That was a big mistake, especially since the Great Depression and crises in other countries (e.g. Japan) should have suggested that financial crashes were a big deal. To their credit, though, mainstream macroeconomists have been hastening to correct the mistake. Certainly they're going to pay more attention to finance for at least a few more decades.
4. "Macroeconomists don't do enough to kill their models off."
This is something I hear surprisingly few people say, given that I think it's the best of the criticisms out there. If you let a million flowers bloom but don't cut any of the flowers, you get a big warehouse full of flowers. OK, so that metaphor went nowhere, but you get the point. Macroeconomists, when they get defensive, tend to say something along the lines of "We got models for everythin'!" But is that a good thing??
I feel like if you have models for everything, you don't actually have any models at all. Without a way of choosing between models, your near-infinite stable of models turns into one big giant mega-model that can give anyone any results he wants. Worried about a financial crisis? Pull out a model that tells you a financial crisis could be looming. Worried about inflation? Pull out a model where inflation is a big danger. And so on.
Now, technically, you could choose between models based on the plausibility of the assumptions. But three things make this impossible in practice. First, the need for tractability means that the assumptions in almost any modern macro model will be utterly implausible to anyone who has not spent decades in a monastery high in the Himalayas training himself in the art of self-deception. Second, the assumptions are so stylized that it takes a huge amount of talent just to figure out what they are - in fact, we're starting to see the emergence of top macro people, like Matt Rognlie, who specialize in figuring out what the heck models are actually saying. And third, with a near-infinite catalog of models to comb through, there's just no way to compare any significant number of them all at once.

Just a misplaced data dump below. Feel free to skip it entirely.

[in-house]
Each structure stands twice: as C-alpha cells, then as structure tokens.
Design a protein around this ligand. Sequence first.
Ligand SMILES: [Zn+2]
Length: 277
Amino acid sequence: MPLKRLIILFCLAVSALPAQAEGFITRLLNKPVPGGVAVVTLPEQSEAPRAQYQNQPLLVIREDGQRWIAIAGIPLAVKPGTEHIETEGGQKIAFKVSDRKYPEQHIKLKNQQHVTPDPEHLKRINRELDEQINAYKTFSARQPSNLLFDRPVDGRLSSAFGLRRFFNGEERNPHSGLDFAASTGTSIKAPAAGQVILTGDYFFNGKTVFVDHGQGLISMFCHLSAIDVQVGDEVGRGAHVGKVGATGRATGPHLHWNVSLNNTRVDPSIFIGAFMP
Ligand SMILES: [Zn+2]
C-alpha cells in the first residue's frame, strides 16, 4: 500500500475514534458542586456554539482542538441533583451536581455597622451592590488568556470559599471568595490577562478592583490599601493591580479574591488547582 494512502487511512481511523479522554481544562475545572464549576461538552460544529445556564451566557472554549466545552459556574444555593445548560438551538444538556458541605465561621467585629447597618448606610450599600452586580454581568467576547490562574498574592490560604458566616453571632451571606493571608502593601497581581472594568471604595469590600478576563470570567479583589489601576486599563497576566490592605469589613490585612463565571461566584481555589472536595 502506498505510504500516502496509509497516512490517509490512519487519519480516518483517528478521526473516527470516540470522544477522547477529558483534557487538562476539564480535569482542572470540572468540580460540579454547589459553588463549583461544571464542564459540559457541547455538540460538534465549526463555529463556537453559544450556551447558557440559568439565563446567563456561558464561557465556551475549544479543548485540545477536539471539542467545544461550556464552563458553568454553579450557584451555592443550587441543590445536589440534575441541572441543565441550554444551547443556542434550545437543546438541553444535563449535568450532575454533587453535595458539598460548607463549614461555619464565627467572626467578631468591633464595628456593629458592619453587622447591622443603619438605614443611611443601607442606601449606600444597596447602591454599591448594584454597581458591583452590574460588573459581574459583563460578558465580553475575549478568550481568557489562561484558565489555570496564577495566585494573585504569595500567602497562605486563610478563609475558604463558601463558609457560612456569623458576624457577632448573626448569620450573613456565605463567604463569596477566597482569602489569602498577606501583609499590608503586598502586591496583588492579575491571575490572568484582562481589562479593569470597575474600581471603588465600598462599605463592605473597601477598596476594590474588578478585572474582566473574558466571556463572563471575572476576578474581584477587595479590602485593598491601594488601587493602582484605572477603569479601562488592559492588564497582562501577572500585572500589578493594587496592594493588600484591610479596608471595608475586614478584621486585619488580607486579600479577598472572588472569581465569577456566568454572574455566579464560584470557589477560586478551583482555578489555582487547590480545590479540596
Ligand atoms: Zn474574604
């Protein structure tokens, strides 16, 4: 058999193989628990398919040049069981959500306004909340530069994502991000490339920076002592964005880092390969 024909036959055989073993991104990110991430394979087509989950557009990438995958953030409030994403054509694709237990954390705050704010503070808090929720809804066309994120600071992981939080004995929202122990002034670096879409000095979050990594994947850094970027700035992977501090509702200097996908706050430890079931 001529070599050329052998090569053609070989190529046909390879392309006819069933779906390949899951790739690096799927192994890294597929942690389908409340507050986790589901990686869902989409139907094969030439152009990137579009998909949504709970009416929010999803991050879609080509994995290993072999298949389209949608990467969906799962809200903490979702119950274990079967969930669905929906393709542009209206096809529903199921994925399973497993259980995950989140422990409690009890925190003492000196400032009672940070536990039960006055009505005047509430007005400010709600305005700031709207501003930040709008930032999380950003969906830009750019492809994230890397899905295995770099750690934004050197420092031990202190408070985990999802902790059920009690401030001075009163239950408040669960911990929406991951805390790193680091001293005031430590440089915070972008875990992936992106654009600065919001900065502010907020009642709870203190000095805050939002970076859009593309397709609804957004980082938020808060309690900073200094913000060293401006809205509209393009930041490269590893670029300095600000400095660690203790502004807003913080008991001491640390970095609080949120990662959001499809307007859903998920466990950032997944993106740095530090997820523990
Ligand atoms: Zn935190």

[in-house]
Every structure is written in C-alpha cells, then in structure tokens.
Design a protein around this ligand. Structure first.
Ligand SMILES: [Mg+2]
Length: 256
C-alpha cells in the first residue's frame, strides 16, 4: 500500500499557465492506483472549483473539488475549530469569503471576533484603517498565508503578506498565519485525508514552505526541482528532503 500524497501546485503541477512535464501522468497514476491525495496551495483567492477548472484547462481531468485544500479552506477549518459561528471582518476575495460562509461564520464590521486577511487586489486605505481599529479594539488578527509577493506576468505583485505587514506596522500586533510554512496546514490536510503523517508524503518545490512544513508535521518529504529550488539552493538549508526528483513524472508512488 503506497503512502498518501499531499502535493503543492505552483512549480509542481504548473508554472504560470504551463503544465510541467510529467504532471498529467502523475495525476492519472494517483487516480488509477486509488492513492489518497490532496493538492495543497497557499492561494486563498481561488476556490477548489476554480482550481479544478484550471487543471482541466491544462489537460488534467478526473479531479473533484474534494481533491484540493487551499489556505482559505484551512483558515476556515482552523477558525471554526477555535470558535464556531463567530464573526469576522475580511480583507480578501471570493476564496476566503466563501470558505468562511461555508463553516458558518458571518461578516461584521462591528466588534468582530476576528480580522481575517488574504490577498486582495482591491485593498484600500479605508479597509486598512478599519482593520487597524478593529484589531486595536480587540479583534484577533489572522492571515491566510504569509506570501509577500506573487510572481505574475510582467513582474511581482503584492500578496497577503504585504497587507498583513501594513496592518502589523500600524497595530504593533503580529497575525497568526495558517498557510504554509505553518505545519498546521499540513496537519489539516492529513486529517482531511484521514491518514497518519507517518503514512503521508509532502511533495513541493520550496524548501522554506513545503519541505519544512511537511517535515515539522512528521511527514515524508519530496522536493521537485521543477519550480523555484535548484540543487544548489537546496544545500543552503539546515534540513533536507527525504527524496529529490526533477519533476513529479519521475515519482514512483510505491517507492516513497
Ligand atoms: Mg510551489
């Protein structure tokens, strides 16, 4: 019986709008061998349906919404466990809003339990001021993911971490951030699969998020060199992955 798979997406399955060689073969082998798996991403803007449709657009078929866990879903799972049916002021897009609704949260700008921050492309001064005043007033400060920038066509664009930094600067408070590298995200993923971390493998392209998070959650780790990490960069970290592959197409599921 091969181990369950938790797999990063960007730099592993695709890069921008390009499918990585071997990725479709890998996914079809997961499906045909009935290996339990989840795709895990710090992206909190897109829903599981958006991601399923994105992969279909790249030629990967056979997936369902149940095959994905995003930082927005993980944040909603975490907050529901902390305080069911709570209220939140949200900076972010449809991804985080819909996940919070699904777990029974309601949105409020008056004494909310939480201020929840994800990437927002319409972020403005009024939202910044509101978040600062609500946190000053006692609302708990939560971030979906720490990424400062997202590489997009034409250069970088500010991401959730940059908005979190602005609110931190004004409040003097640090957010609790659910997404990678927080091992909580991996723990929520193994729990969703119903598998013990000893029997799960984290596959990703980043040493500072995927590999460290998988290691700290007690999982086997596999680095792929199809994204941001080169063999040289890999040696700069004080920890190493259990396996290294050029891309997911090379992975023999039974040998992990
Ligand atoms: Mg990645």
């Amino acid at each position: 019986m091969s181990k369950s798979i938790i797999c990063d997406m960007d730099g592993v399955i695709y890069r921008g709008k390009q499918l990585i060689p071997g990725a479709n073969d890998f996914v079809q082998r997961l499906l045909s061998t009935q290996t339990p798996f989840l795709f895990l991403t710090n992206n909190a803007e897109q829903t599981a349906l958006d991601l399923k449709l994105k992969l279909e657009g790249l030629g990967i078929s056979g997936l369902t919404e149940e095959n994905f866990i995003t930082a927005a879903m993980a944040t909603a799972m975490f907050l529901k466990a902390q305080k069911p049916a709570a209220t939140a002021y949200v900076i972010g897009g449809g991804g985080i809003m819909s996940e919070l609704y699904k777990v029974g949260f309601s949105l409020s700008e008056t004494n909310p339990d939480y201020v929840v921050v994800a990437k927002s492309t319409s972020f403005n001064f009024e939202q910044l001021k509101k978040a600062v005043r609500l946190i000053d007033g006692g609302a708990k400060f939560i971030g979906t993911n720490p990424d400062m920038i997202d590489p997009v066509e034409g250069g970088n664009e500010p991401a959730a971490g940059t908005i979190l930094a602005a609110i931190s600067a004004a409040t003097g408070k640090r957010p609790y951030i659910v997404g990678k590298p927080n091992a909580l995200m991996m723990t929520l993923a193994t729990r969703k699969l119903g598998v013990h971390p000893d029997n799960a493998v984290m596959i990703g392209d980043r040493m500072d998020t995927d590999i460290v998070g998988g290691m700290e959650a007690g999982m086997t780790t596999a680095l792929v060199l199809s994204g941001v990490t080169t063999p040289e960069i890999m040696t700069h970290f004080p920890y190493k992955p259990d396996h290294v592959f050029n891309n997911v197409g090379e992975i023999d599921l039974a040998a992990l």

If you ever want macro models to actually be useful, it's not enough to just wave your hands and say "all models are wrong". It's not enough to treat models as ways to "organize our thinking". You've got to have a way to take them to data and decide if you should keep them around, send them back to the shop for alterations, or burn them in a fire.
5. "The crisis exposed the fact that macroeconomics doesn't work."
Well, sure. But it also showed that we need to keep trying to make it work. And macroeconomists, as a whole, don't absorb a significant fraction of our GDP, so I'm not incredibly worried.
Bumped from the comments, by an anonymous commenter:
[D]on't focus on macro *theory*. It's macro empirics I'd worry about. theory ahead of measurement etc. The difference post crisis is you see greater prominence of macro papers using micro data (e.g. mian sufi or autor/dorn/hanson/acemoglu).Great point.